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The New York Times Finally Discovers Unintended Consequences

Jon Miltimore
February 15th, 2021
The Foundation for Economic Education
Comments (5)

This article was originally published by John Miltmore at The Foundation for Economic Education. 

The fact that even the New York Times is finally beginning to discuss unintended consequences of COVID-19 ‘hygiene theater’ is a sign we may be moving in the right direction.

The New York Times published an article on Friday under a simple headline: “Covid Absolutism.”

The article opens by noting that during public health emergencies, absolutism—the idea that people should cease any and all behavior that creates additional risk—is a tempting response. Times writer David Leonhardt gives various examples of this “absolutism” on display in America today.

“People continue to scream at joggers, walkers, and cyclists who are not wearing masks. The University of California, Berkeley, this week banned outdoor exercise, masked or not, saying, ‘The risk is real,’” he writes. “The University of Massachusetts Amherst has banned outdoor walks. It encouraged students to get exercise by ‘accessing food and participating in twice-weekly Covid testing.'”

Examples like these are virtually endless. They invite two key questions, Leonhardt notes: How effective are these behaviors in reducing the spread of the virus? And is there a downside?

As Leonhardt notes, many of these actions are essentially a kind of “hygiene theater,” the subject of a recent article in the Atlantic written by Derek Thompson.

The phrase basically speaks for itself. According to Leonhardt, these actions are not rooted in science and are primarily a form of theatrical presentation that will have little or no actual impact.

Taking every possible precaution is unrealistic. Human beings are social creatures who crave connection and pleasure and who cannot minimize danger at all times.

“Prohibiting outdoor activity is unlikely to reduce the spread of the virus, nor is urging people always to wear a mask outdoors,” he writes. “Worldwide, scientists have not documented any instances of outdoor transmission unless people were in close conversation, Dr. Muge Cevik, an infectious-disease specialist at the University of St. Andrews in Scotland, told me.”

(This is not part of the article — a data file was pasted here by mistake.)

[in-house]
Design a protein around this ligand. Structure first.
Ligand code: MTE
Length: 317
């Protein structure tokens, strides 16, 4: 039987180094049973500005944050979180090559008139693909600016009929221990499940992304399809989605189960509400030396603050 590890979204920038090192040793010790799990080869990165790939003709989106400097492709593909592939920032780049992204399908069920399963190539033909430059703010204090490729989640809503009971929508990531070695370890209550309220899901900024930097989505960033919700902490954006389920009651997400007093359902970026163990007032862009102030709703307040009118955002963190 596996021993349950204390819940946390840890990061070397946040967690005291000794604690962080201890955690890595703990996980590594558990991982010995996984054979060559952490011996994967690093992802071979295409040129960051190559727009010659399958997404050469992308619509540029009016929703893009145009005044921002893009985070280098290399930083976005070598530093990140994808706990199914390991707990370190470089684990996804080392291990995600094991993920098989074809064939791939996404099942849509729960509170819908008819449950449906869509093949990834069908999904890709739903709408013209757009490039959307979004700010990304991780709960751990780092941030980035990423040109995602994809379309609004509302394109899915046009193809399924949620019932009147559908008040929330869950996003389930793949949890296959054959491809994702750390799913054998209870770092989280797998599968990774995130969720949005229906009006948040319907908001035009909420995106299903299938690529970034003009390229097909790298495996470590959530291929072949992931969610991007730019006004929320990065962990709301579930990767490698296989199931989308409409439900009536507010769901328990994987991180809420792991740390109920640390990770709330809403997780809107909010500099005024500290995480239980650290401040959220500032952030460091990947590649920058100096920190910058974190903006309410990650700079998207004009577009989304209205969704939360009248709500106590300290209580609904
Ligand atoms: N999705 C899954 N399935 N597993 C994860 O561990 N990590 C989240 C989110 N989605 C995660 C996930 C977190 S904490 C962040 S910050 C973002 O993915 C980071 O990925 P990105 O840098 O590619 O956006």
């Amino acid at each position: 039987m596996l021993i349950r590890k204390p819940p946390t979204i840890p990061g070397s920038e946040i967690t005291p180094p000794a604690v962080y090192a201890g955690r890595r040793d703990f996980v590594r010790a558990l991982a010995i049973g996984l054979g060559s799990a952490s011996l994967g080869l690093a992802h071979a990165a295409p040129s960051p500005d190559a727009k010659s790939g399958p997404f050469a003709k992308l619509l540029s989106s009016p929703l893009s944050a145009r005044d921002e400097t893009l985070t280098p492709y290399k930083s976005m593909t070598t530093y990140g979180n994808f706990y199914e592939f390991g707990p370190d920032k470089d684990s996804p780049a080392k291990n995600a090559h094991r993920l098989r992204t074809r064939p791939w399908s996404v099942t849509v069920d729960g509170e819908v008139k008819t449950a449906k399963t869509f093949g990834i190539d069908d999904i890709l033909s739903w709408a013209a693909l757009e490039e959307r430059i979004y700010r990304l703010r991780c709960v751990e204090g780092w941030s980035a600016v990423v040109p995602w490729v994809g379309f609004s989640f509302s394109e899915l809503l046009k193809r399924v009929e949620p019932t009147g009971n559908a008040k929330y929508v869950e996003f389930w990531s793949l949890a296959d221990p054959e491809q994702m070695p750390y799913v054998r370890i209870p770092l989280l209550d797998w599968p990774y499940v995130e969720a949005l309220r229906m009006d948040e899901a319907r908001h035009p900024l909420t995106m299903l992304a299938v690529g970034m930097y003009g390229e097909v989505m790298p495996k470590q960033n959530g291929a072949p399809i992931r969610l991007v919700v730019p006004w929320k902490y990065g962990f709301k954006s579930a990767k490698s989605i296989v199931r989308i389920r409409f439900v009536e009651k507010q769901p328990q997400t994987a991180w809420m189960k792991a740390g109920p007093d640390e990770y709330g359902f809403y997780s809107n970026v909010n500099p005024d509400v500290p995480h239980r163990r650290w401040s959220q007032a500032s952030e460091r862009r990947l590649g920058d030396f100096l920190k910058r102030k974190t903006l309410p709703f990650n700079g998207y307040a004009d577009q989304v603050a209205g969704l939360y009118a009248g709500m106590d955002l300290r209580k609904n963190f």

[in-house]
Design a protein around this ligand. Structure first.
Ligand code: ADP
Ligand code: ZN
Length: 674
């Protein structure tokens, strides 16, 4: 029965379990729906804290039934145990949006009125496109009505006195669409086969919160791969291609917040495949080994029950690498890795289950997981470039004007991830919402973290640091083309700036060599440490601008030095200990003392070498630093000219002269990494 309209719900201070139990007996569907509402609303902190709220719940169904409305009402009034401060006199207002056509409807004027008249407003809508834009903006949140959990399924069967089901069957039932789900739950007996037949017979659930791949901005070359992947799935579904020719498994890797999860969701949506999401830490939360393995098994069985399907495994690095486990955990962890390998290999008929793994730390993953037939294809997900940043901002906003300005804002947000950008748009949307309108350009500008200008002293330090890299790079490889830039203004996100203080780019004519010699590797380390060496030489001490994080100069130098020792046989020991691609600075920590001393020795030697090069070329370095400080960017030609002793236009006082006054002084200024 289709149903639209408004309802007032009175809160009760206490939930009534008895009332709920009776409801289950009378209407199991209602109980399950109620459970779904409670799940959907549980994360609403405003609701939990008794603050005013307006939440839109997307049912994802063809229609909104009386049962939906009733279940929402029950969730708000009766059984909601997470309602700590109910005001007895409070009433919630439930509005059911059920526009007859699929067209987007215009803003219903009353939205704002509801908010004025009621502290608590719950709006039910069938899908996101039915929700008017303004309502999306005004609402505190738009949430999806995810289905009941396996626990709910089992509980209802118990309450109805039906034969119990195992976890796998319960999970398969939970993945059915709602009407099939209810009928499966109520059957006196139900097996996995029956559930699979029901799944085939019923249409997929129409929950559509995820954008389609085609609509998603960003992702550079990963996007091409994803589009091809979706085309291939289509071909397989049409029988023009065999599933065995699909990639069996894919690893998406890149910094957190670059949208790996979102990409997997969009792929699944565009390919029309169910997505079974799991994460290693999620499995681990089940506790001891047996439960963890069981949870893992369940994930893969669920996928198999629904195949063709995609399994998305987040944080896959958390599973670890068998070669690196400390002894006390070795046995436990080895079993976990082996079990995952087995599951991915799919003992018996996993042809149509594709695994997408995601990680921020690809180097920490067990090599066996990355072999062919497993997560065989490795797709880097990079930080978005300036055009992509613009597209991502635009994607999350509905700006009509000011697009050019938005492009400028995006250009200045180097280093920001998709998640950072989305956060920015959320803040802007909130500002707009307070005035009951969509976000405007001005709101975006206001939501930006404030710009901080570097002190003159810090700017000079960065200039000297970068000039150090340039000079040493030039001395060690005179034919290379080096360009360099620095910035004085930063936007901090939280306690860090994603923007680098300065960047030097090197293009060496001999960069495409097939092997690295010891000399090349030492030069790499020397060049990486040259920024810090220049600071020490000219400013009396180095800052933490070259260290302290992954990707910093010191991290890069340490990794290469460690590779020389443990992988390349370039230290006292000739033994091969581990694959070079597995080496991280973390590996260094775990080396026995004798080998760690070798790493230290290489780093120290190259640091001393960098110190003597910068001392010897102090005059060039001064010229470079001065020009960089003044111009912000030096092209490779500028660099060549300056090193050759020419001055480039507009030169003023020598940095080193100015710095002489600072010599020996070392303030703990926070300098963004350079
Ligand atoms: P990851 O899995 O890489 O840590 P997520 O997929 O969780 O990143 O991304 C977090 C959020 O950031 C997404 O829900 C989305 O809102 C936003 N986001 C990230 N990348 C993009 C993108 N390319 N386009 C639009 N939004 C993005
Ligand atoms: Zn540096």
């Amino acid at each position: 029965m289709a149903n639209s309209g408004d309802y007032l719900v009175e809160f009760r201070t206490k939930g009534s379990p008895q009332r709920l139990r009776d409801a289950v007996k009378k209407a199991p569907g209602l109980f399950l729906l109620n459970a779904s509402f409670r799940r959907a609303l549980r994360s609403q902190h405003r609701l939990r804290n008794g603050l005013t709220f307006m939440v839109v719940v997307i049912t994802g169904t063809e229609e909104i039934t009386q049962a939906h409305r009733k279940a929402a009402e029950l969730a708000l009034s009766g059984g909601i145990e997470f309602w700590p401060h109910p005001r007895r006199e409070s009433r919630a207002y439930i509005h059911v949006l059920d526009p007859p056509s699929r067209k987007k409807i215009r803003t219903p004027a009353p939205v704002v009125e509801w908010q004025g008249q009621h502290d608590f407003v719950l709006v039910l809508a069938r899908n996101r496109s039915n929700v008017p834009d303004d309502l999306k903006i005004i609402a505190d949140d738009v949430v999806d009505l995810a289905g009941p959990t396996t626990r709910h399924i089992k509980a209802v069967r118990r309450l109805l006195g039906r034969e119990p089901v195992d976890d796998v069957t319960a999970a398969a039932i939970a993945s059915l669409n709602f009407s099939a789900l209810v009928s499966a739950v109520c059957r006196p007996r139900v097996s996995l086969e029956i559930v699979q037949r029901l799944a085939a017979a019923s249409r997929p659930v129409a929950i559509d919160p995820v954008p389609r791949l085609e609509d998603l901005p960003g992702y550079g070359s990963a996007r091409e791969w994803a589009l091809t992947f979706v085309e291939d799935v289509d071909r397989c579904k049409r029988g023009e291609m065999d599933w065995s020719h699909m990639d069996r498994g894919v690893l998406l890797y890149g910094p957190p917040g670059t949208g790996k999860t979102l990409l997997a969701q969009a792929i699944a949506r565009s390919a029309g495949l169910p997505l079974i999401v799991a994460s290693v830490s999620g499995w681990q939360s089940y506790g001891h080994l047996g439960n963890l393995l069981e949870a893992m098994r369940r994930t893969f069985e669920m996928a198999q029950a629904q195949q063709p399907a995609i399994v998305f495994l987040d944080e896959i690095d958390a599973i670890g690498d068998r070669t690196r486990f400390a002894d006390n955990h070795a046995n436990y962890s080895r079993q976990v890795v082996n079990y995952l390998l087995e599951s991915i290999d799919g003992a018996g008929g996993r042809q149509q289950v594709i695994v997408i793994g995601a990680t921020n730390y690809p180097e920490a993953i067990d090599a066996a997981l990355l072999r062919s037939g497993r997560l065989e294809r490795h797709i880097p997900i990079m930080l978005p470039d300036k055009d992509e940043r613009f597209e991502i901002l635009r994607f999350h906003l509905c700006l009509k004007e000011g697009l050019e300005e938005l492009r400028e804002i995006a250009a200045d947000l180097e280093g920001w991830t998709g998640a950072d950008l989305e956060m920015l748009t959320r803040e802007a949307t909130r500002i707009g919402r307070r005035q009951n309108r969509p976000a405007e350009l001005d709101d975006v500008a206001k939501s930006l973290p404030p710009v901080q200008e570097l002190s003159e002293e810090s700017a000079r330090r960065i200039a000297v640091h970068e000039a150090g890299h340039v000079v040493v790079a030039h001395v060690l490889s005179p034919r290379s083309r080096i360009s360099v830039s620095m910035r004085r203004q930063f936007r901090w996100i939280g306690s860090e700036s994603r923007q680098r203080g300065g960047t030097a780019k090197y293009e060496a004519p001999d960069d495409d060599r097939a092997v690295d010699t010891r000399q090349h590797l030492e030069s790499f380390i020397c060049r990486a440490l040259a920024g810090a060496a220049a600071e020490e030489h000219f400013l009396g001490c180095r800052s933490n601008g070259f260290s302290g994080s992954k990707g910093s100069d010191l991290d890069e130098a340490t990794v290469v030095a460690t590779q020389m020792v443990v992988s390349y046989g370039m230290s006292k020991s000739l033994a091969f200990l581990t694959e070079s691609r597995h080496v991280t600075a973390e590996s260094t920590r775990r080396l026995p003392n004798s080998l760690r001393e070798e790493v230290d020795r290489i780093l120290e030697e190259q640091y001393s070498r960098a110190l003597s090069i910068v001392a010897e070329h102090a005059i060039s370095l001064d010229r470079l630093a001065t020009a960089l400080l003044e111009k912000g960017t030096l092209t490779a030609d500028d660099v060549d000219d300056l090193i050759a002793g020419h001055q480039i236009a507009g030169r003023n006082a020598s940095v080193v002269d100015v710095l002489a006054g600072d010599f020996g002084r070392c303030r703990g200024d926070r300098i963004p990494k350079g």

So the answer to Leonhardt’s first question—How effective are they at reducing the spread of the virus?— is not difficult to answer: they’re not effective.

The second question, and its answer, is more interesting.

One might be tempted to argue that these theatrics still produce positive outcomes since they are likely to make people more conscious of the pandemic and slow the spread of the virus.

Taking extreme precautions is simply “playing it safe.” What’s the harm in that?

The answer is, “plenty.” First, Leonhardt argues it’s not part of human nature to live in a perpetual state of extreme caution.

“Taking every possible precaution is unrealistic,” he writes. “Human beings are social creatures who crave connection and pleasure and who cannot minimize danger at all times.”

Perhaps more importantly, he argues that extreme caution can backfire and produce outcomes that have the opposite of their desired effect. He uses the AIDS crisis as an example, pointing out that demonizing sexual intercourse and trying to frighten people away from it had the unintended consequence of increasing unsafe sex.

A similar phenomenon appears to be at work today.

“Telling Americans to wear masks when they’re unnecessary undermines efforts to persuade more people to wear masks where they are vital,” Leonhardt writes.